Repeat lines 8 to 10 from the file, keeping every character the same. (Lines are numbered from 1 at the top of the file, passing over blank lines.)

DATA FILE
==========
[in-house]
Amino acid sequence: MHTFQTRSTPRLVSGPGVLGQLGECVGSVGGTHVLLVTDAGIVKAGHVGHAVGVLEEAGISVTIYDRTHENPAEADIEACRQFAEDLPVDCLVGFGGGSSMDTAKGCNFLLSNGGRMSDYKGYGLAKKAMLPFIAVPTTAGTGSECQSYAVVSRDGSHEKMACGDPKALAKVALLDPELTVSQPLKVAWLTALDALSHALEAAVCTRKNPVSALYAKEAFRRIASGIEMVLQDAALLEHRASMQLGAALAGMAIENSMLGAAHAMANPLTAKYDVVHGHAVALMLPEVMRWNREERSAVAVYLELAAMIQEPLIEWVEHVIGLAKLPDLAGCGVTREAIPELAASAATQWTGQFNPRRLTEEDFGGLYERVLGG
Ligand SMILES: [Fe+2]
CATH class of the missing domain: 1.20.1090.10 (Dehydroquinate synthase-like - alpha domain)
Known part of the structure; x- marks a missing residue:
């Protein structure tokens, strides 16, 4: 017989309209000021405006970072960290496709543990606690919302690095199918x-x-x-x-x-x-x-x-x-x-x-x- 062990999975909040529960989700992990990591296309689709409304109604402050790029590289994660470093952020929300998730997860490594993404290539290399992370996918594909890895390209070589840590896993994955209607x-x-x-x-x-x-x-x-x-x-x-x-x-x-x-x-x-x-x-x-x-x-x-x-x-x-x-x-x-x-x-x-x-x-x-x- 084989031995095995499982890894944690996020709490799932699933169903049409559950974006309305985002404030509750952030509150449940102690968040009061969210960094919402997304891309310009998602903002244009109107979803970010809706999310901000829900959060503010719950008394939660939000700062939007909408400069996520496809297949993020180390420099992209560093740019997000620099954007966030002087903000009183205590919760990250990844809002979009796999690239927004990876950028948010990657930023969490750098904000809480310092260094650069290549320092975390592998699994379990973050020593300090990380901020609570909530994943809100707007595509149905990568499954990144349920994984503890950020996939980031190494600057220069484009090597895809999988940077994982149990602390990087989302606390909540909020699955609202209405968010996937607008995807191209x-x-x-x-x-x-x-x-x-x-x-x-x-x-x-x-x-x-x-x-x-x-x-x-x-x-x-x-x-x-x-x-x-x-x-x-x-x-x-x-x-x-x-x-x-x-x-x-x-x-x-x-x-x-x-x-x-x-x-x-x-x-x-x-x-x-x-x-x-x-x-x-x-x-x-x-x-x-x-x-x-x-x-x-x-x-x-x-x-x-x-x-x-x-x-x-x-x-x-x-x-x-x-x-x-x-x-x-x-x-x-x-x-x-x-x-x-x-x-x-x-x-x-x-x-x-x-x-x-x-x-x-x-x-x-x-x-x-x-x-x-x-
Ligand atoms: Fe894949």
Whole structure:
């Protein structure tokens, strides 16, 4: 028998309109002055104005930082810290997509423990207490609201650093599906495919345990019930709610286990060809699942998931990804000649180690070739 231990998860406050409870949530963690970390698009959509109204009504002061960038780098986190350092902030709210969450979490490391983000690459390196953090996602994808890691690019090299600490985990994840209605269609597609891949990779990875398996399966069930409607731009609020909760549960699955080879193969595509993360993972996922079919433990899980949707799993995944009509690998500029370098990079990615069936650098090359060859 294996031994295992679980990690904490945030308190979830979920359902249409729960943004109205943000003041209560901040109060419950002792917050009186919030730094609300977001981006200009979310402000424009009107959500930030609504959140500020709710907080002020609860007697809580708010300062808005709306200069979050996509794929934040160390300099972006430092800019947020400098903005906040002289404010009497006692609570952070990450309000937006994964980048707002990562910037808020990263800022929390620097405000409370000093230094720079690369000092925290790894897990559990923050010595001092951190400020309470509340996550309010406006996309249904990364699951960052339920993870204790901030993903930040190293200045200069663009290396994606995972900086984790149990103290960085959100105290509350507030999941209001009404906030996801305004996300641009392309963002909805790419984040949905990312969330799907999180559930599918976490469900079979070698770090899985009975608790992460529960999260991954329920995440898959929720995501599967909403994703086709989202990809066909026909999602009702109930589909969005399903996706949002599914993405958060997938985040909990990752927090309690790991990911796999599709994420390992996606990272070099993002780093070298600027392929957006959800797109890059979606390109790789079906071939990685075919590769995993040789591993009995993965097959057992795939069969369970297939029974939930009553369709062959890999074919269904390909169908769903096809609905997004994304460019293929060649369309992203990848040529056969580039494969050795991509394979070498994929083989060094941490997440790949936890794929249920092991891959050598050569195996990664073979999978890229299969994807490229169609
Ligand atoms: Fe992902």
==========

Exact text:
Whole structure:
């Protein structure tokens, strides 16, 4: 028998309109002055104005930082810290997509423990207490609201650093599906495919345990019930709610286990060809699942998931990804000649180690070739 231990998860406050409870949530963690970390698009959509109204009504002061960038780098986190350092902030709210969450979490490391983000690459390196953090996602994808890691690019090299600490985990994840209605269609597609891949990779990875398996399966069930409607731009609020909760549960699955080879193969595509993360993972996922079919433990899980949707799993995944009509690998500029370098990079990615069936650098090359060859 294996031994295992679980990690904490945030308190979830979920359902249409729960943004109205943000003041209560901040109060419950002792917050009186919030730094609300977001981006200009979310402000424009009107959500930030609504959140500020709710907080002020609860007697809580708010300062808005709306200069979050996509794929934040160390300099972006430092800019947020400098903005906040002289404010009497006692609570952070990450309000937006994964980048707002990562910037808020990263800022929390620097405000409370000093230094720079690369000092925290790894897990559990923050010595001092951190400020309470509340996550309010406006996309249904990364699951960052339920993870204790901030993903930040190293200045200069663009290396994606995972900086984790149990103290960085959100105290509350507030999941209001009404906030996801305004996300641009392309963002909805790419984040949905990312969330799907999180559930599918976490469900079979070698770090899985009975608790992460529960999260991954329920995440898959929720995501599967909403994703086709989202990809066909026909999602009702109930589909969005399903996706949002599914993405958060997938985040909990990752927090309690790991990911796999599709994420390992996606990272070099993002780093070298600027392929957006959800797109890059979606390109790789079906071939990685075919590769995993040789591993009995993965097959057992795939069969369970297939029974939930009553369709062959890999074919269904390909169908769903096809609905997004994304460019293929060649369309992203990848040529056969580039494969050795991509394979070498994929083989060094941490997440790949936890794929249920092991891959050598050569195996990664073979999978890229299969994807490229169609
Ligand atoms: Fe992902």